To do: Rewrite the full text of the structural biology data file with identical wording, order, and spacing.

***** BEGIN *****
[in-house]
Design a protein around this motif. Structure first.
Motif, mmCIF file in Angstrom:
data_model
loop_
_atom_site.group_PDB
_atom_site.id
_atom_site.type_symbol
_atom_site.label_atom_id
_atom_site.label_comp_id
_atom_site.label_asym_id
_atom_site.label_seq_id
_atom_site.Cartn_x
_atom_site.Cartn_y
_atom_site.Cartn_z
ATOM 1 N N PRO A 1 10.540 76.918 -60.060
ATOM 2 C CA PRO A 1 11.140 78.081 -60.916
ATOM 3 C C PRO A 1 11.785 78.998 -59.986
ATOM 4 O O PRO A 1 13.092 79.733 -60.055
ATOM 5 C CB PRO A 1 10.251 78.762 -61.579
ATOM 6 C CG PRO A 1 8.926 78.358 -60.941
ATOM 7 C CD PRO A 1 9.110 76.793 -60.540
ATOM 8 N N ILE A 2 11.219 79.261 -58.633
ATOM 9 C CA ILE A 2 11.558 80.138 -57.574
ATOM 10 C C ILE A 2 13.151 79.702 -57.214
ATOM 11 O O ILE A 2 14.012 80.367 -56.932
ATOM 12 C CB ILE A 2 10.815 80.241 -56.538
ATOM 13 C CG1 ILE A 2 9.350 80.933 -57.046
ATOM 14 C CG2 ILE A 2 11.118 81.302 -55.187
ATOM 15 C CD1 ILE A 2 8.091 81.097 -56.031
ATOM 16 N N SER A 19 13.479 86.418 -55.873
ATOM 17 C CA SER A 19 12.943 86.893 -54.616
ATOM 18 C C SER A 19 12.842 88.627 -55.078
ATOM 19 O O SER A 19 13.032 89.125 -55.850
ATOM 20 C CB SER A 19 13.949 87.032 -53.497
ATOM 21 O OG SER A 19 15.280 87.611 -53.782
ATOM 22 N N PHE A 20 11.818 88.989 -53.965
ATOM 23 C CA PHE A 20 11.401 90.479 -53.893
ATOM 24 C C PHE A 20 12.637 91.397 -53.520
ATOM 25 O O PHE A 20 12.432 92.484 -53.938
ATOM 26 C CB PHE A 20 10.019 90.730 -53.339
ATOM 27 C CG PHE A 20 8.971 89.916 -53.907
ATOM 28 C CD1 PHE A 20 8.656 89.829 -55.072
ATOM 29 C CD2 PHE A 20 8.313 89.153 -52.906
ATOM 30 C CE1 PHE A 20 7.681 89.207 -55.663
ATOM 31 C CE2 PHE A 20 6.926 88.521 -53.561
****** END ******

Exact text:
[in-house]
Design a protein around this motif. Structure first.
Motif, mmCIF file in Angstrom:
data_model
loop_
_atom_site.group_PDB
_atom_site.id
_atom_site.type_symbol
_atom_site.label_atom_id
_atom_site.label_comp_id
_atom_site.label_asym_id
_atom_site.label_seq_id
_atom_site.Cartn_x
_atom_site.Cartn_y
_atom_site.Cartn_z
ATOM 1 N N PRO A 1 10.540 76.918 -60.060
ATOM 2 C CA PRO A 1 11.140 78.081 -60.916
ATOM 3 C C PRO A 1 11.785 78.998 -59.986
ATOM 4 O O PRO A 1 13.092 79.733 -60.055
ATOM 5 C CB PRO A 1 10.251 78.762 -61.579
ATOM 6 C CG PRO A 1 8.926 78.358 -60.941
ATOM 7 C CD PRO A 1 9.110 76.793 -60.540
ATOM 8 N N ILE A 2 11.219 79.261 -58.633
ATOM 9 C CA ILE A 2 11.558 80.138 -57.574
ATOM 10 C C ILE A 2 13.151 79.702 -57.214
ATOM 11 O O ILE A 2 14.012 80.367 -56.932
ATOM 12 C CB ILE A 2 10.815 80.241 -56.538
ATOM 13 C CG1 ILE A 2 9.350 80.933 -57.046
ATOM 14 C CG2 ILE A 2 11.118 81.302 -55.187
ATOM 15 C CD1 ILE A 2 8.091 81.097 -56.031
ATOM 16 N N SER A 19 13.479 86.418 -55.873
ATOM 17 C CA SER A 19 12.943 86.893 -54.616
ATOM 18 C C SER A 19 12.842 88.627 -55.078
ATOM 19 O O SER A 19 13.032 89.125 -55.850
ATOM 20 C CB SER A 19 13.949 87.032 -53.497
ATOM 21 O OG SER A 19 15.280 87.611 -53.782
ATOM 22 N N PHE A 20 11.818 88.989 -53.965
ATOM 23 C CA PHE A 20 11.401 90.479 -53.893
ATOM 24 C C PHE A 20 12.637 91.397 -53.520
ATOM 25 O O PHE A 20 12.432 92.484 -53.938
ATOM 26 C CB PHE A 20 10.019 90.730 -53.339
ATOM 27 C CG PHE A 20 8.971 89.916 -53.907
ATOM 28 C CD1 PHE A 20 8.656 89.829 -55.072
ATOM 29 C CD2 PHE A 20 8.313 89.153 -52.906
ATOM 30 C CE1 PHE A 20 7.681 89.207 -55.663
ATOM 31 C CE2 PHE A 20 6.926 88.521 -53.561